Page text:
Offside

'Palace were losing 2-0 at home to Wolves. At this point fans hurled their season tickets on to the pitch and sang "Stand up if you want Smith out".'

Duleep Allirajah

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The final ignominy came on Saturday 27 April 2001. Palace were losing 2-0 at home to Wolves and staring into the jaws of relegation.

At this point Palace fans hurled their season tickets on to the pitch and sang ‘Stand up if you want Smith out’. And within hours manager Alan Smith was sacked. April is indeed the cruellest month.

Smith’s dismissal closes one of the more entertaining chapters in the history of football management. After a dismal start to the season, Smith launched an extraordinary public attack on his players. He branded the players ‘lazy’ and ‘sloppy’; they lacked respect for the coaches, they cared more about their cars, they even whinged about his food: ‘I took them to an Italian restaurant last Thursday, paid for it myself and it was quite nice. They didn’t like the lasagne, though, they wanted spaghetti bolognese!’

‘If these attitudes don’t change’, Smith warned, ‘it will be anarchy and you’ll have the lunatics running the asylum’. Smith was widely applauded for taking a stand against the greed and power of the modern footballer, but his motivational strategy was becoming increasingly bizarre.

Following another defeat, Smith pointed to Latvian goalkeeper Alex Kolinko who had been in tears after the game. ‘I made up a story about him. I said he came from the poorest mountain village in Latvia where he had to fight bears when he was eight. I said his grandparents had been shot by the Nazis, his mother had died of cancer and his sister was raped by a gang of mountain rebels. But he never shed a single tear because he was strong and brave. Then I told them that one month playing behind our defence had turned him into a blubbering wreck! The players didn’t know what to say. Except Clinton Morrison – he said, “It’s a shame about his sister”.’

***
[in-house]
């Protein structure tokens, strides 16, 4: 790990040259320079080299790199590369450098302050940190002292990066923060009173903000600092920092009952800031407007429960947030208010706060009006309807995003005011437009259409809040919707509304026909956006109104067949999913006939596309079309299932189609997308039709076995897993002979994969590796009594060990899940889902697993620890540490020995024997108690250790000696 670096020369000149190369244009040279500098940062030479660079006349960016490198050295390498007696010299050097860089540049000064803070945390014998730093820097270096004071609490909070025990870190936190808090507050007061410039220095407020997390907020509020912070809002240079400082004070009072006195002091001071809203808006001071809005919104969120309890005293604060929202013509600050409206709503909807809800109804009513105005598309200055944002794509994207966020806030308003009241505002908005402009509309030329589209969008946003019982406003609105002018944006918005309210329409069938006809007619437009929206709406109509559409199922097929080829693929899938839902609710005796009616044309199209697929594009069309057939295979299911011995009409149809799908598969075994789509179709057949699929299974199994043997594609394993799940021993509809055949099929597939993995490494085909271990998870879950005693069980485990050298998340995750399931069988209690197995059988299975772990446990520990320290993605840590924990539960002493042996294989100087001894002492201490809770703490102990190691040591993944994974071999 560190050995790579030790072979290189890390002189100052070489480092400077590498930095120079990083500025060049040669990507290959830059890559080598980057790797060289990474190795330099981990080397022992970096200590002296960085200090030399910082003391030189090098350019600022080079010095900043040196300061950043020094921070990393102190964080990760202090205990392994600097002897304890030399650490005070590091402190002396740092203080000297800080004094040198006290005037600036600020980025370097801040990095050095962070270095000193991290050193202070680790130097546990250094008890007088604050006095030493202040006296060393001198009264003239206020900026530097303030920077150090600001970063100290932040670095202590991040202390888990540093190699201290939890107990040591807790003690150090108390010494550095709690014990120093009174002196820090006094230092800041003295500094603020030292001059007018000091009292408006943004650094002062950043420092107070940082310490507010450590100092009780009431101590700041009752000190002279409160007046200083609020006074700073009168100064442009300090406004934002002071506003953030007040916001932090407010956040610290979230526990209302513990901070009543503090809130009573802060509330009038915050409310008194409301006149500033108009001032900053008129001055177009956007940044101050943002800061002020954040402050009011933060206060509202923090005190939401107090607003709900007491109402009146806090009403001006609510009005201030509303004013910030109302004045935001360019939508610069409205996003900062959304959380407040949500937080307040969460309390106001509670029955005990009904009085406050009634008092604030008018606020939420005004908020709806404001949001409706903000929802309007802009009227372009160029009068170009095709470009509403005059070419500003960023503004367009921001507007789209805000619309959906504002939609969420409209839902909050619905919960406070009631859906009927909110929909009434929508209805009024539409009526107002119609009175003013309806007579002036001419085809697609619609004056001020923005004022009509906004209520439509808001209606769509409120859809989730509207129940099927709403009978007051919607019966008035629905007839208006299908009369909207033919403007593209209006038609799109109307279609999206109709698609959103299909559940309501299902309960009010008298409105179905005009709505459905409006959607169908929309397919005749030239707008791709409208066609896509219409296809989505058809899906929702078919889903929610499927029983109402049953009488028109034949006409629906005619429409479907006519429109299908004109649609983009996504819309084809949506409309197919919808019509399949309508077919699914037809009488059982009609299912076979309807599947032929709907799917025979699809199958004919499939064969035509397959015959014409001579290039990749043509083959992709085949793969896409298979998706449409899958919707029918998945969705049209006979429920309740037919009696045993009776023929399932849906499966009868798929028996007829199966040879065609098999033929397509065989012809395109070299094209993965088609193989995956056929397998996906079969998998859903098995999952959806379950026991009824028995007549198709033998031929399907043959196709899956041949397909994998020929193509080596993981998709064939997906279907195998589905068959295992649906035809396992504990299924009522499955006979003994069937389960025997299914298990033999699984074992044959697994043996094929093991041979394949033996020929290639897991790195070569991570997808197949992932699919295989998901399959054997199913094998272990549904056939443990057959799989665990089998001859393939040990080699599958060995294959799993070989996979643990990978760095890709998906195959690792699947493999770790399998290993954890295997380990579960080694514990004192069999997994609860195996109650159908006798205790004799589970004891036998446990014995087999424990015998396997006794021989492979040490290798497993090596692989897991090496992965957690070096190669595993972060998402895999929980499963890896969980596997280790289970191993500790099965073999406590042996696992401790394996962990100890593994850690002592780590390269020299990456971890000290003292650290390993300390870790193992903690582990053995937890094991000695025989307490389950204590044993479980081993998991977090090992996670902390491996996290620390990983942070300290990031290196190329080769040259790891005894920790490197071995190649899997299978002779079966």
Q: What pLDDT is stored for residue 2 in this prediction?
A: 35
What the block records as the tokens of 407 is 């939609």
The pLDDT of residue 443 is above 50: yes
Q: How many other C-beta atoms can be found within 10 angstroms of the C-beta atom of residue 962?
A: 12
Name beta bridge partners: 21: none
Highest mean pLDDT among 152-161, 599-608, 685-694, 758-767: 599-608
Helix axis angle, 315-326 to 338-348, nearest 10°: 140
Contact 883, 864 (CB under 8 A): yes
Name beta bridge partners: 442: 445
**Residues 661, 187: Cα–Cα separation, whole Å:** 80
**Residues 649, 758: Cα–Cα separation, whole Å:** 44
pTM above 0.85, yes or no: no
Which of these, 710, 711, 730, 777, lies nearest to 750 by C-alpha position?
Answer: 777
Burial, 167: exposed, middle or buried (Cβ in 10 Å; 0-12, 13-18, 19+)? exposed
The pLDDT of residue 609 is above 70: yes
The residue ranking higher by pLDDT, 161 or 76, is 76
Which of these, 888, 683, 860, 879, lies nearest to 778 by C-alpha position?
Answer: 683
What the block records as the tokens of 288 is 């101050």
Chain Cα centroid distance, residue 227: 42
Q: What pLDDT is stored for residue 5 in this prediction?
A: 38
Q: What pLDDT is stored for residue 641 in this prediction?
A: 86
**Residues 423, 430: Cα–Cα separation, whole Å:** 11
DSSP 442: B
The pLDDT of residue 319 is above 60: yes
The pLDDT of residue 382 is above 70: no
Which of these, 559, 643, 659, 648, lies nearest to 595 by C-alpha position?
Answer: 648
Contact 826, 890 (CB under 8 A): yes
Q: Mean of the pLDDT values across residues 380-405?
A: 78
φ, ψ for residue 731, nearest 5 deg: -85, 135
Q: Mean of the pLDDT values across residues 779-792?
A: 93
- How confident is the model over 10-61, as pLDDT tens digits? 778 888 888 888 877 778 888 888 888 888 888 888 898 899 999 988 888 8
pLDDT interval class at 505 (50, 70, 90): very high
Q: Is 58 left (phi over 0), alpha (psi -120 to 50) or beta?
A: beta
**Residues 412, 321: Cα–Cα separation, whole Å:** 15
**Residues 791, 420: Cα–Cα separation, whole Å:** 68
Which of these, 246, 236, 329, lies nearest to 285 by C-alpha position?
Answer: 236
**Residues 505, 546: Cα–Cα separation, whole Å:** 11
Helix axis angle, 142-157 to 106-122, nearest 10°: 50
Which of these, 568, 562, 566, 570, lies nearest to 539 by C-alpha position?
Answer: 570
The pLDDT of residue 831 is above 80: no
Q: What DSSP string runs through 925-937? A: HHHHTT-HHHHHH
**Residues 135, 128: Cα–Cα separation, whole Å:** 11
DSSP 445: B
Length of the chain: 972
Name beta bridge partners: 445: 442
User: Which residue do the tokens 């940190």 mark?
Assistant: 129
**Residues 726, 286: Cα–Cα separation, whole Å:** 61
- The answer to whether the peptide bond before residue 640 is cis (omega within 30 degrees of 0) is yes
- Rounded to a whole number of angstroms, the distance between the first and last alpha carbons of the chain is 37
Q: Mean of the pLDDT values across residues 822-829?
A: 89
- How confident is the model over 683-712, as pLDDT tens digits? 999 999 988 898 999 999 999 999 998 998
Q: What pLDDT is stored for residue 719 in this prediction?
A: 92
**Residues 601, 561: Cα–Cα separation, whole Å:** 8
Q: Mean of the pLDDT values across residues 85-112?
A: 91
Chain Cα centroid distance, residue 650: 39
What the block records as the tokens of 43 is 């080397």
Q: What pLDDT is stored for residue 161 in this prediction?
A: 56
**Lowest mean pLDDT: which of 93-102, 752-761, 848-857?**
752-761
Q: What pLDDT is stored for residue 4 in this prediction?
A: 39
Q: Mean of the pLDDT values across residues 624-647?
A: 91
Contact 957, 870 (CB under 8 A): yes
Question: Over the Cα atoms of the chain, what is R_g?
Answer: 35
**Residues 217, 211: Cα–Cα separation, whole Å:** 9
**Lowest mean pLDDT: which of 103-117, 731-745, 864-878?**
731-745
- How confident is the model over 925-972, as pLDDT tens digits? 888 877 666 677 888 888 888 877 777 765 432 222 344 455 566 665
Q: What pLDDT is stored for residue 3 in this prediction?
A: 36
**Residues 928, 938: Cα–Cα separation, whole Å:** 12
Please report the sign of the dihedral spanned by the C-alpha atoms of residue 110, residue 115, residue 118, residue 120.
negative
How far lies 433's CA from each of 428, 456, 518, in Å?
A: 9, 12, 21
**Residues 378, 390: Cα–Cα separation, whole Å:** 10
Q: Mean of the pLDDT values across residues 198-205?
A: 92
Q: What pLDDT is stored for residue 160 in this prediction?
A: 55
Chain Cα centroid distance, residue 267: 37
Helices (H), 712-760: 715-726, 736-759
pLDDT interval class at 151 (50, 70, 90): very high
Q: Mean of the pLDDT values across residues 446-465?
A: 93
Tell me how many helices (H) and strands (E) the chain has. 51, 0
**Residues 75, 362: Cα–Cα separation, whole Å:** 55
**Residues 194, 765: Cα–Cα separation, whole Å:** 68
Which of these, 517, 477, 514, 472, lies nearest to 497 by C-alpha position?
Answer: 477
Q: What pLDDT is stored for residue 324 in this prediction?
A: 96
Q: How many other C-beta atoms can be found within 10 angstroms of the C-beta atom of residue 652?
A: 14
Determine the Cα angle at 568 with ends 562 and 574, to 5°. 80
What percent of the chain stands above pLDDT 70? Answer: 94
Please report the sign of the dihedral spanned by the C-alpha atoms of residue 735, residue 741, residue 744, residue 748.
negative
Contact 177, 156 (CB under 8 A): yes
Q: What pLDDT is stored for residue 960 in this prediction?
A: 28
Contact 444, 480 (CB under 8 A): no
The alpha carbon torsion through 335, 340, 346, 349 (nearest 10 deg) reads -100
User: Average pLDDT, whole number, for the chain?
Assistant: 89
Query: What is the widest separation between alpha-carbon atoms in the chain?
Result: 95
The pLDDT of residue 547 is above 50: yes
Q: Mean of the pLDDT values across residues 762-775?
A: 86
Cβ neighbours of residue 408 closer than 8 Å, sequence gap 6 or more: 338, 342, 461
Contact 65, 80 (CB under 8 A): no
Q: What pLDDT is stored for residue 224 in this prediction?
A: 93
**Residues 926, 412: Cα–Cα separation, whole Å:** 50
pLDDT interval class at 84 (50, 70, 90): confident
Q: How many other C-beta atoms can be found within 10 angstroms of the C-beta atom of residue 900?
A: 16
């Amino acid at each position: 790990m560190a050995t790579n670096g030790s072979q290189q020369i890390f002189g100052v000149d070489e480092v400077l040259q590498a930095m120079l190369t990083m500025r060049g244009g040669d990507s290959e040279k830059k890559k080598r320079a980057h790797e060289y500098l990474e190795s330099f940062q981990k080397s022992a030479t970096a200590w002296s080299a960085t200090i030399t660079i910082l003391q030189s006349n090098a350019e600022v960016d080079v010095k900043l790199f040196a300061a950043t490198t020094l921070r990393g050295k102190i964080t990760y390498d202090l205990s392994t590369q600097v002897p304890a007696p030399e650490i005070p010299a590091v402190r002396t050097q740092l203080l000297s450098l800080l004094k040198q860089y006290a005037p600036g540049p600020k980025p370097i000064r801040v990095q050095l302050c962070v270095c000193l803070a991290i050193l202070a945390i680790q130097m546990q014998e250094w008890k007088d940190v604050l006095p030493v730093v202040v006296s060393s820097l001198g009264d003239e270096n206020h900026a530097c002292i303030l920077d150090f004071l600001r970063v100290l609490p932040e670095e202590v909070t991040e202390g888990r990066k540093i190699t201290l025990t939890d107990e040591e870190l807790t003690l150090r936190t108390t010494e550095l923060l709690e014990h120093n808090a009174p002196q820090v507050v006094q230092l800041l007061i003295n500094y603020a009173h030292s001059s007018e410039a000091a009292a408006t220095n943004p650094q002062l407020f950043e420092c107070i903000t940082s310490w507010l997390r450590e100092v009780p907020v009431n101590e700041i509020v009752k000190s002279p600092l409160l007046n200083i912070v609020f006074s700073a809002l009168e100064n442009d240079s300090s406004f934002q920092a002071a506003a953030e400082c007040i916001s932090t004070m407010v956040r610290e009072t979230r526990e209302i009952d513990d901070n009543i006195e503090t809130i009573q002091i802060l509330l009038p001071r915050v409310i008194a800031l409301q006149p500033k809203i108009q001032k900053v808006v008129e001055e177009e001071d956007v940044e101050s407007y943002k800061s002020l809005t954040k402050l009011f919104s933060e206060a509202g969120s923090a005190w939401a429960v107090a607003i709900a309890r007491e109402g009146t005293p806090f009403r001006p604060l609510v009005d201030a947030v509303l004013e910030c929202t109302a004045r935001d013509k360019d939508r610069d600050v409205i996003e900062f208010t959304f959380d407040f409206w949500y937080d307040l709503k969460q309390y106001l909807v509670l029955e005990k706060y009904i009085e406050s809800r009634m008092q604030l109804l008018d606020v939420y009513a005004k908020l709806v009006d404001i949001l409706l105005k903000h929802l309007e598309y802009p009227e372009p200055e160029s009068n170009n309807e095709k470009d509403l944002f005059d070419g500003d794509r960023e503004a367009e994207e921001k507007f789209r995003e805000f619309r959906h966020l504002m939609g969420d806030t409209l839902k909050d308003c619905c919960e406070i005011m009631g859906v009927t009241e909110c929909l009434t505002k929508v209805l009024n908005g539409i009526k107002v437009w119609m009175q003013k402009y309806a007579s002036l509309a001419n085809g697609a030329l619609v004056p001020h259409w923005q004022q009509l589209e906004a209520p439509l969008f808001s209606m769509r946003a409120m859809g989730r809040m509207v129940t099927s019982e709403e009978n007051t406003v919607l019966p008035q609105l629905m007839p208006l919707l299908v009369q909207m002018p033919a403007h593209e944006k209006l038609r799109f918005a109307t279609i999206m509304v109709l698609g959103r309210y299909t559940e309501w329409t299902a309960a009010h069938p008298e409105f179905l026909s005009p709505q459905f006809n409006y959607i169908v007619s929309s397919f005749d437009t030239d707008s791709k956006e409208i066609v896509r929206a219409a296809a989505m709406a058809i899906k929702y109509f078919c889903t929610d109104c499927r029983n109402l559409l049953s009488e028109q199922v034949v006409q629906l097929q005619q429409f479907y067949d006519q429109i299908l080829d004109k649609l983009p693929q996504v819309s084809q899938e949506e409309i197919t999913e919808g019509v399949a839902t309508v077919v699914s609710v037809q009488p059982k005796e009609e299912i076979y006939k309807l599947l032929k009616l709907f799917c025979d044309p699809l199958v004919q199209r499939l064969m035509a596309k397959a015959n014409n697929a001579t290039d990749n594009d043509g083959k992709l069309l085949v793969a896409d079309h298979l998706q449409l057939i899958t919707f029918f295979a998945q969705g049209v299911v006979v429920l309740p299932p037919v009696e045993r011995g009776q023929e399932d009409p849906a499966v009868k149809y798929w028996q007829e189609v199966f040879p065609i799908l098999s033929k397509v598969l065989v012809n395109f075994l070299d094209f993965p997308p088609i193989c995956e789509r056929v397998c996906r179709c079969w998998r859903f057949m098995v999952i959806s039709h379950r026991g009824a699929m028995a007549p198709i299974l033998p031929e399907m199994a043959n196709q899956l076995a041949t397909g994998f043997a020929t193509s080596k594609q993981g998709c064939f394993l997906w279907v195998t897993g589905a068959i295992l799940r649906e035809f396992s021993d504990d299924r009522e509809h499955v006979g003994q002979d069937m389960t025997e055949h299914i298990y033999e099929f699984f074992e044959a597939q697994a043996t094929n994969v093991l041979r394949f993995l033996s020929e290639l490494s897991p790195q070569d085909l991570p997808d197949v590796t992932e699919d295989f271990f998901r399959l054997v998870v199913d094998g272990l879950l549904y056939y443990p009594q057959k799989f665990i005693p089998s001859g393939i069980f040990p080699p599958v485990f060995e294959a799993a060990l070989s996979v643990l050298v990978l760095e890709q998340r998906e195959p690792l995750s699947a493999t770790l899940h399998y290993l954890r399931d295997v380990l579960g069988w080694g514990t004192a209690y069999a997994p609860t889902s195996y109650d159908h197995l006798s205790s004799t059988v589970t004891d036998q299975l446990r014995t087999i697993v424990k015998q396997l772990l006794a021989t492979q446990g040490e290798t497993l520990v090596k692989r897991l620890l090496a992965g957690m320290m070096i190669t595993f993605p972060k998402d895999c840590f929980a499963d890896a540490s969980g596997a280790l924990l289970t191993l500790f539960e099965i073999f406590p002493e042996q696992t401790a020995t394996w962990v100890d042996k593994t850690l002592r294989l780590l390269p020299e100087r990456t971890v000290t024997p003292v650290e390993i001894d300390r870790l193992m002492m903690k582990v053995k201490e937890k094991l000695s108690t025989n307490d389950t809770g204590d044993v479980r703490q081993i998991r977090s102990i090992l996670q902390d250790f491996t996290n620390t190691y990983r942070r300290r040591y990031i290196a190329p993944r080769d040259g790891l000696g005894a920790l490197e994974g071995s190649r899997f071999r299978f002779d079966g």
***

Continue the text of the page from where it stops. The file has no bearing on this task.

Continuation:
Entertaining, yes, but are fairytales really the best way to motivate professional footballers?

By late October 2000, Palace were in the relegation zone and the fans turned against the manager. Smith gambled by transfer listing three star players – Clinton Morrison, Hayden Mullins and Jamie Smith – saying, ‘I feel like Michael Caine in Zulu. A pistol in my hand, 16,000 coming over the hill trying to claim my head. I can’t shoot all of them so I might as well shoot the three fellas nearest me who are causing all of the problems’.

For a couple of months the short sharp shock appeared to pay off. Palace put together a run of good results and reached the semi-final of the Worthington Cup. Smith’s public criticism of his players gave way to praise. But the good times were short-lived. At the end of February 2001 the goals dried up and a string of confidence-sapping defeats followed. This time Smith was unable to lift his players.

Before taking the Palace job, Smith had run Fulham’s youth academy. The problem was that he treated the Palace first team players as if they were youth trainees; scolding them one day and rewarding them with praise the next. Worse still, he chose to play his mind games in public. Senior players who questioned Smith’s management style were purged and dressing room morale was reportedly low.

Smith’s colourful soundbites may have been great copy, but they concealed pretty poor man-management.

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